On February 2, 1997, Cody Duane Barfield, a minor, was arrested for driving under the influence of alcohol and charged with violating OCGA 40-6-391
(a) (1) and (5). Barfield moved to suppress the results of his breath test, arguing that he was not properly read his implied consent rights. The trial court granted the motion, finding that the warning given Barfield deviated from the mandated language of OCGA 40-5-67.1
(b). The State appealed, and for the following reasons, we affirm.
The record shows that a city of Valdosta police officer stopped Barfield for speeding during the early morning hours of February 2, 1997. According to the officer, Barfield at first attempted to give him a credit card instead of his license. The officer noticed that Barfield smelled strongly of alcohol and had bloodshot eyes. Upon failing field sobriety tests, Barfield was arrested. The officer read Barfield an implied consent warning, and Barfield agreed to submit to the testing.
In reading the warning, the police officer omitted the word "chemical" from the first sentence, which reads "Georgia law requires you to submit to state administered chemical tests of your blood. . . ." (Emphasis supplied.) OCGA 40-5-67.1
(b) (1). The officer also omitted the word "state" from the fifth sentence of the warning that provides "[a]fter first submitting to the required state tests. . . ." (Emphasis supplied.) Id. The officer additionally advised Barfield that he was entitled to "an additional chemical test" instead of "additional chemical tests" as set forth in the warning. Id. Finally, the officer inserted the word "this" before the word "testing" and omitted the word "the" in one sentence of the warning that states "[i]f you submit to testing and the results indicate an alcohol concentration of 0.10 grams or more. . . ." (Emphasis supplied.) Id.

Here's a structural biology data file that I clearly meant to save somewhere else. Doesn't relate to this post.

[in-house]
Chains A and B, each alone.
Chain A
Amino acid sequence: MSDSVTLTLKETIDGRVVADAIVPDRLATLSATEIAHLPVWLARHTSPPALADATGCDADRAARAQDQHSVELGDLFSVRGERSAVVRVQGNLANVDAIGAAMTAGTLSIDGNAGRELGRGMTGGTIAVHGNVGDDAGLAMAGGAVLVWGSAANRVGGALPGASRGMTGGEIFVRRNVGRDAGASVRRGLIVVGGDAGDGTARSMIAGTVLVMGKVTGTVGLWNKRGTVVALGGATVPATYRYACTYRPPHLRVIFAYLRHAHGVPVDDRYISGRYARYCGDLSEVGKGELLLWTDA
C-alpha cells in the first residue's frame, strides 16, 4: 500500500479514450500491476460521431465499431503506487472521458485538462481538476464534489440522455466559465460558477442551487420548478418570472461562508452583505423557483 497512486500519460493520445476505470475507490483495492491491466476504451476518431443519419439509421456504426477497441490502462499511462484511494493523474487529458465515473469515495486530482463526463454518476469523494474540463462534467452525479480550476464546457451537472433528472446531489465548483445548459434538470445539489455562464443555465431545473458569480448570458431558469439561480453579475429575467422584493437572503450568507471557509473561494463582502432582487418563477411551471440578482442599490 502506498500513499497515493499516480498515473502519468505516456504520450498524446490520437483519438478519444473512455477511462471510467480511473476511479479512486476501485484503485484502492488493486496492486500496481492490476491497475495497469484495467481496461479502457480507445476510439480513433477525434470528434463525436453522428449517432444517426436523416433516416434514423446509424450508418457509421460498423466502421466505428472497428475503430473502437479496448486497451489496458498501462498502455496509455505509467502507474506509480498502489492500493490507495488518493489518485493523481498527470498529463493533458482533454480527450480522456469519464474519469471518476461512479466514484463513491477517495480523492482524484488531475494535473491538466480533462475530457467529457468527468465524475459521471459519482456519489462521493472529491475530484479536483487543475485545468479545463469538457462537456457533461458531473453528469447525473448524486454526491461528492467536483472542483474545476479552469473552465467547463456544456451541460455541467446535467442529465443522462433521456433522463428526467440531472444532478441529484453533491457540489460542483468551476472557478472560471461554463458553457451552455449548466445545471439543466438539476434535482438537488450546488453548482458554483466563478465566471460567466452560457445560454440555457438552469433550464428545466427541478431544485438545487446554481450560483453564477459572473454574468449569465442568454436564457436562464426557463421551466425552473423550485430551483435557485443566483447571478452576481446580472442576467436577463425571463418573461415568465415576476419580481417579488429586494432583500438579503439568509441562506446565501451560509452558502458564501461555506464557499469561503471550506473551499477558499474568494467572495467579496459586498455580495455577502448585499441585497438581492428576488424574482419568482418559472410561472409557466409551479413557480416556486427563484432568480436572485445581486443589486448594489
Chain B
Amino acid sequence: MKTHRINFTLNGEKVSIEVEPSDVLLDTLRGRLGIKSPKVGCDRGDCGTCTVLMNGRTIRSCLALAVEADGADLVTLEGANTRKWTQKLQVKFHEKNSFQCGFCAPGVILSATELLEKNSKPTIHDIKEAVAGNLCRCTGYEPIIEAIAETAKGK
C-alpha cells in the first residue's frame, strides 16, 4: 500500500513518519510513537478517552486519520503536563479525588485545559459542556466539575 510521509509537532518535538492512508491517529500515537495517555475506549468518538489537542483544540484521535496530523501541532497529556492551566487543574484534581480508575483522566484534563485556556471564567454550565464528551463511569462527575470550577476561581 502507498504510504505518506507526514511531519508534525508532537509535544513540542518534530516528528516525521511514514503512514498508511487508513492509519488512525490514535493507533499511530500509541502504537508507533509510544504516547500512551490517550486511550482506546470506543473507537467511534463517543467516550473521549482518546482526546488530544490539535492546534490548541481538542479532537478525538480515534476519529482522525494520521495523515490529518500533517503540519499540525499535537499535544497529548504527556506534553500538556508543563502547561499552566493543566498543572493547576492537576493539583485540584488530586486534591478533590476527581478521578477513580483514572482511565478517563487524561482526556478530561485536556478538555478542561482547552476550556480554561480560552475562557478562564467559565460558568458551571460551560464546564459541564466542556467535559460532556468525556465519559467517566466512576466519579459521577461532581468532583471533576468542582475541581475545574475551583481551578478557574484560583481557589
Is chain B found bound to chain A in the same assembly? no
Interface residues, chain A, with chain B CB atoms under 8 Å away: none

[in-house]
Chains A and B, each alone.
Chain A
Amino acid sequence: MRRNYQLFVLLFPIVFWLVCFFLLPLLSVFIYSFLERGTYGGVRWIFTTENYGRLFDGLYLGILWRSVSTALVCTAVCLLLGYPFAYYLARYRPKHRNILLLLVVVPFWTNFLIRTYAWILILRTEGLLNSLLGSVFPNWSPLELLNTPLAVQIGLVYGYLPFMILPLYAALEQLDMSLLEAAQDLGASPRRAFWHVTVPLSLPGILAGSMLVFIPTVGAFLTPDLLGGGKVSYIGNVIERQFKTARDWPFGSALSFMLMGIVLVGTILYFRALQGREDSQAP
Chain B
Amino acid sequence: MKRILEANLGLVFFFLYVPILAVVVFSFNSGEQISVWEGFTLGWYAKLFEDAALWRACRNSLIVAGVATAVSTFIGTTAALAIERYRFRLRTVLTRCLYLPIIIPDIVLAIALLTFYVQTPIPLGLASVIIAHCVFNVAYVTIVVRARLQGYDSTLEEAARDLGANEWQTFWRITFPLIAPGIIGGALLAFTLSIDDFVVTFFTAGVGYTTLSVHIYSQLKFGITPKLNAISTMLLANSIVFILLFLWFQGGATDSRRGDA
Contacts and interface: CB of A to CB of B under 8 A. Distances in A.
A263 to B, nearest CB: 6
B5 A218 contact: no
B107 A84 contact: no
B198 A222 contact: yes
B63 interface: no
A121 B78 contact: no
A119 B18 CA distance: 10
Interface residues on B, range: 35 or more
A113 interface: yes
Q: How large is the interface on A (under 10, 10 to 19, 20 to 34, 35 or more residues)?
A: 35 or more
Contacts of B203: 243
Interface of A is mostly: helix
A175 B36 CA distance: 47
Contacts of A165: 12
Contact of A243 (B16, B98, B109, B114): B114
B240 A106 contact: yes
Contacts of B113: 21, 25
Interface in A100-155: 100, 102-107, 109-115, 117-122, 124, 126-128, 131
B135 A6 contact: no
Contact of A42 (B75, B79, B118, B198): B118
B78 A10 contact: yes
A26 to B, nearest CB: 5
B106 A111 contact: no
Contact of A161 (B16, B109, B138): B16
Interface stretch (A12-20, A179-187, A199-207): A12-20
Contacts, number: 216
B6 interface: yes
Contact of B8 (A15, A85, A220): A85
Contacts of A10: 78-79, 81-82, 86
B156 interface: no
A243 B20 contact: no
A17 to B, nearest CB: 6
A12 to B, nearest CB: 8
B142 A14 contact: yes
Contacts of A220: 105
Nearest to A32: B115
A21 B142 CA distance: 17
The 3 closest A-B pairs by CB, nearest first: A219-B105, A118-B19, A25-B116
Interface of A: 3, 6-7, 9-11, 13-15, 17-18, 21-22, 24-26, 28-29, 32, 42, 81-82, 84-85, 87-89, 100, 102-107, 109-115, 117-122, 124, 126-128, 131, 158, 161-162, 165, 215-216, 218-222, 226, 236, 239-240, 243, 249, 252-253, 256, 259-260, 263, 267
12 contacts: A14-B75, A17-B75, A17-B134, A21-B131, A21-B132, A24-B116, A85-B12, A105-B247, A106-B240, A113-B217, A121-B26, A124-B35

In suppressing the test results, the trial court concluded that the officer was required to read the exact language of OCGA 40-5-67.1
(b) and noted that the additions and omissions from the warning changed the meaning of the implied consent notice.
It is clear that the implied consent warning read by the officer did not match exactly the words of OCGA 40-5-67.1
(b), which applies to all cases involving offenses committed on or after April 21, 1995. See OCGA 40-5-67.1
(b.1). Barfield's "offense occurred at a time when the arresting officer was required to read the exact language mandated by OCGA 40-5-67.1
(b). [Cit.]" (Punctuation omitted.) State v. Fielding, 229 Ga. App. 675
, 678 (494 SE2d 561
) (1997), citing Richards v. State, 225 Ga. App. 777
, 779 (2) (484 SE2d 683
) (1997). Accordingly, the trial court's suppression of the breath test results due to the officer's failure to comply with OCGA 40-5-67.1
(b) was not clearly erroneous. Fielding, supra; Richards, supra.
Richard W. Shelton, Solicitor, for appellant.